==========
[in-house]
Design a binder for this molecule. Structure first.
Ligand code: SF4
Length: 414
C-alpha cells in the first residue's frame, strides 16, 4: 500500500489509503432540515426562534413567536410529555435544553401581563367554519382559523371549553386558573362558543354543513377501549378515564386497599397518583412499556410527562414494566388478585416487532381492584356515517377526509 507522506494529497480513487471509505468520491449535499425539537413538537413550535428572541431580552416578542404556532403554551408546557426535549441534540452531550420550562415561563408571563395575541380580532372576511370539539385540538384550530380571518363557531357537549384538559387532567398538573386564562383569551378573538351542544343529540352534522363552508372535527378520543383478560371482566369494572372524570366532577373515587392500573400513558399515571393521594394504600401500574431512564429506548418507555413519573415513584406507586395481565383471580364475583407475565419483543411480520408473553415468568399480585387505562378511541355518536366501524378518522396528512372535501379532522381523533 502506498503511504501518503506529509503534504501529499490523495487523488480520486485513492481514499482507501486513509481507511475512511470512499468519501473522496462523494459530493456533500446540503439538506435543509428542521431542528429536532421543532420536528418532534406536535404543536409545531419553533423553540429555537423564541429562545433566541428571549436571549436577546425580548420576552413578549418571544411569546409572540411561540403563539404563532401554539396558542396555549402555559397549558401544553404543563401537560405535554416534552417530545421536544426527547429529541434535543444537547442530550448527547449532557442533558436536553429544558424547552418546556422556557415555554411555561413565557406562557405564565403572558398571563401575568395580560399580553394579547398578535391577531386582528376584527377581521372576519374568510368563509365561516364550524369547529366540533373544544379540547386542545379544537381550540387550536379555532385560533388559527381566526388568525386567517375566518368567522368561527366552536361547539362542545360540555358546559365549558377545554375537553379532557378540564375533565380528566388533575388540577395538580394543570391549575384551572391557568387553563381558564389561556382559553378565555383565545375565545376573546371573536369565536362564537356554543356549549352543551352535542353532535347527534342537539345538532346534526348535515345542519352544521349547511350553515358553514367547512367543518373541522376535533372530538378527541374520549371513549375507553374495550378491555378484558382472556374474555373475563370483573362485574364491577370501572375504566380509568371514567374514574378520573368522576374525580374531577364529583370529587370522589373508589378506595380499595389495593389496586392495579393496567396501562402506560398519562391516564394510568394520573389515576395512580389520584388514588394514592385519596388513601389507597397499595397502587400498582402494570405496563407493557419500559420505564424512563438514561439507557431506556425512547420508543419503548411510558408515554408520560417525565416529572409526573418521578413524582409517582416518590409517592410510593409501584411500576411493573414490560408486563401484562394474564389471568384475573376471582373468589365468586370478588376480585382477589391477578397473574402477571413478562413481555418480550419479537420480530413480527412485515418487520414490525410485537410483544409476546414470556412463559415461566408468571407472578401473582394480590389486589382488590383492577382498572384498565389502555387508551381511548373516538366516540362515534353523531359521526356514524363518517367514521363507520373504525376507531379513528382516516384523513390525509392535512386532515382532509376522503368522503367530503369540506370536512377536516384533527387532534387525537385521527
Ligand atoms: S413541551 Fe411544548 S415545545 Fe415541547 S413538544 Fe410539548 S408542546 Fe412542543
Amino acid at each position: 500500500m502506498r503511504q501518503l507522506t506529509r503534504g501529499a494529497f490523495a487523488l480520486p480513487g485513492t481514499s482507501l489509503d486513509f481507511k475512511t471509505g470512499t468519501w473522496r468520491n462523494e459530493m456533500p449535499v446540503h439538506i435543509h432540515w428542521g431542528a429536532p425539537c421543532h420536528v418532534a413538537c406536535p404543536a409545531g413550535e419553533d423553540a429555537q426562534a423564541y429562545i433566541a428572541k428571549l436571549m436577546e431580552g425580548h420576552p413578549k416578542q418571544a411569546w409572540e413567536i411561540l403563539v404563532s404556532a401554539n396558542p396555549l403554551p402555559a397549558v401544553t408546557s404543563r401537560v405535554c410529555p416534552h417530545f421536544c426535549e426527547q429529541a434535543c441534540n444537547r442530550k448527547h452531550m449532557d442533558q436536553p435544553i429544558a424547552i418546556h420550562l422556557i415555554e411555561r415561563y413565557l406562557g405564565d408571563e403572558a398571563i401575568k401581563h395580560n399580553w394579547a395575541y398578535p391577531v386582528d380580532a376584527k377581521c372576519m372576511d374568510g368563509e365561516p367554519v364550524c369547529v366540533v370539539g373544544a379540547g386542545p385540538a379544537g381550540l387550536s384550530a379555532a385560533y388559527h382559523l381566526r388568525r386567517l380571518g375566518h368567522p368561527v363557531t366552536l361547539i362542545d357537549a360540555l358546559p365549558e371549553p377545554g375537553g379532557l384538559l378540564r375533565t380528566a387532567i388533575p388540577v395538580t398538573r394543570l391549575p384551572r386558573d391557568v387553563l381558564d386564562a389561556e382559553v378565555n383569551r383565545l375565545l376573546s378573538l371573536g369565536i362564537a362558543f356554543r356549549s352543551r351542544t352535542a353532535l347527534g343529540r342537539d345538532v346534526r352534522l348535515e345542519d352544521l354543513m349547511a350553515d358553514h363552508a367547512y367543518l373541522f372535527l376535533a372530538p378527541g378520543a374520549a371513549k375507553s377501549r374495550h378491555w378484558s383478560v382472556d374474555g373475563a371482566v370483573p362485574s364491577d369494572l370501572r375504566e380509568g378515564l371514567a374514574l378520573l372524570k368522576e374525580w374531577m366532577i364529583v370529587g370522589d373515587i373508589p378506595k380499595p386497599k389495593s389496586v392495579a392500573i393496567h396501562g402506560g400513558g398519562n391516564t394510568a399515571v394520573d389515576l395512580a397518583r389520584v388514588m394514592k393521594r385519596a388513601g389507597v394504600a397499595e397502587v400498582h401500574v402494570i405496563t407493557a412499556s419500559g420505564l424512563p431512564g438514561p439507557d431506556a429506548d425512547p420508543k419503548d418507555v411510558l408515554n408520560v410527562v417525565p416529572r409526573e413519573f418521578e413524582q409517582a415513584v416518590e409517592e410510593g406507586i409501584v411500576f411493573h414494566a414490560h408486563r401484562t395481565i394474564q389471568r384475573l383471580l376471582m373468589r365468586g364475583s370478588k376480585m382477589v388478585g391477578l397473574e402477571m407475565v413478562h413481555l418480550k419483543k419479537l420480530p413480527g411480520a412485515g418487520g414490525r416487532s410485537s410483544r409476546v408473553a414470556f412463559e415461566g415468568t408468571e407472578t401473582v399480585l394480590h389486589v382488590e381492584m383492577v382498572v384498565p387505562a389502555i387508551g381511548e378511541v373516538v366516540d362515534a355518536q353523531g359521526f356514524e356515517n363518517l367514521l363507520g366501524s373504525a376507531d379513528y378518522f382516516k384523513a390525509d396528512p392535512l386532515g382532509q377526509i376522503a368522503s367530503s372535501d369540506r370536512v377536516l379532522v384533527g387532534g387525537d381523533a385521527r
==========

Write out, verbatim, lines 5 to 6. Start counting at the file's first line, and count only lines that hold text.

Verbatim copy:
C-alpha cells in the first residue's frame, strides 16, 4: 500500500489509503432540515426562534413567536410529555435544553401581563367554519382559523371549553386558573362558543354543513377501549378515564386497599397518583412499556410527562414494566388478585416487532381492584356515517377526509 507522506494529497480513487471509505468520491449535499425539537413538537413550535428572541431580552416578542404556532403554551408546557426535549441534540452531550420550562415561563408571563395575541380580532372576511370539539385540538384550530380571518363557531357537549384538559387532567398538573386564562383569551378573538351542544343529540352534522363552508372535527378520543383478560371482566369494572372524570366532577373515587392500573400513558399515571393521594394504600401500574431512564429506548418507555413519573415513584406507586395481565383471580364475583407475565419483543411480520408473553415468568399480585387505562378511541355518536366501524378518522396528512372535501379532522381523533 502506498503511504501518503506529509503534504501529499490523495487523488480520486485513492481514499482507501486513509481507511475512511470512499468519501473522496462523494459530493456533500446540503439538506435543509428542521431542528429536532421543532420536528418532534406536535404543536409545531419553533423553540429555537423564541429562545433566541428571549436571549436577546425580548420576552413578549418571544411569546409572540411561540403563539404563532401554539396558542396555549402555559397549558401544553404543563401537560405535554416534552417530545421536544426527547429529541434535543444537547442530550448527547449532557442533558436536553429544558424547552418546556422556557415555554411555561413565557406562557405564565403572558398571563401575568395580560399580553394579547398578535391577531386582528376584527377581521372576519374568510368563509365561516364550524369547529366540533373544544379540547386542545379544537381550540387550536379555532385560533388559527381566526388568525386567517375566518368567522368561527366552536361547539362542545360540555358546559365549558377545554375537553379532557378540564375533565380528566388533575388540577395538580394543570391549575384551572391557568387553563381558564389561556382559553378565555383565545375565545376573546371573536369565536362564537356554543356549549352543551352535542353532535347527534342537539345538532346534526348535515345542519352544521349547511350553515358553514367547512367543518373541522376535533372530538378527541374520549371513549375507553374495550378491555378484558382472556374474555373475563370483573362485574364491577370501572375504566380509568371514567374514574378520573368522576374525580374531577364529583370529587370522589373508589378506595380499595389495593389496586392495579393496567396501562402506560398519562391516564394510568394520573389515576395512580389520584388514588394514592385519596388513601389507597397499595397502587400498582402494570405496563407493557419500559420505564424512563438514561439507557431506556425512547420508543419503548411510558408515554408520560417525565416529572409526573418521578413524582409517582416518590409517592410510593409501584411500576411493573414490560408486563401484562394474564389471568384475573376471582373468589365468586370478588376480585382477589391477578397473574402477571413478562413481555418480550419479537420480530413480527412485515418487520414490525410485537410483544409476546414470556412463559415461566408468571407472578401473582394480590389486589382488590383492577382498572384498565389502555387508551381511548373516538366516540362515534353523531359521526356514524363518517367514521363507520373504525376507531379513528382516516384523513390525509392535512386532515382532509376522503368522503367530503369540506370536512377536516384533527387532534387525537385521527
Ligand atoms: S413541551 Fe411544548 S415545545 Fe415541547 S413538544 Fe410539548 S408542546 Fe412542543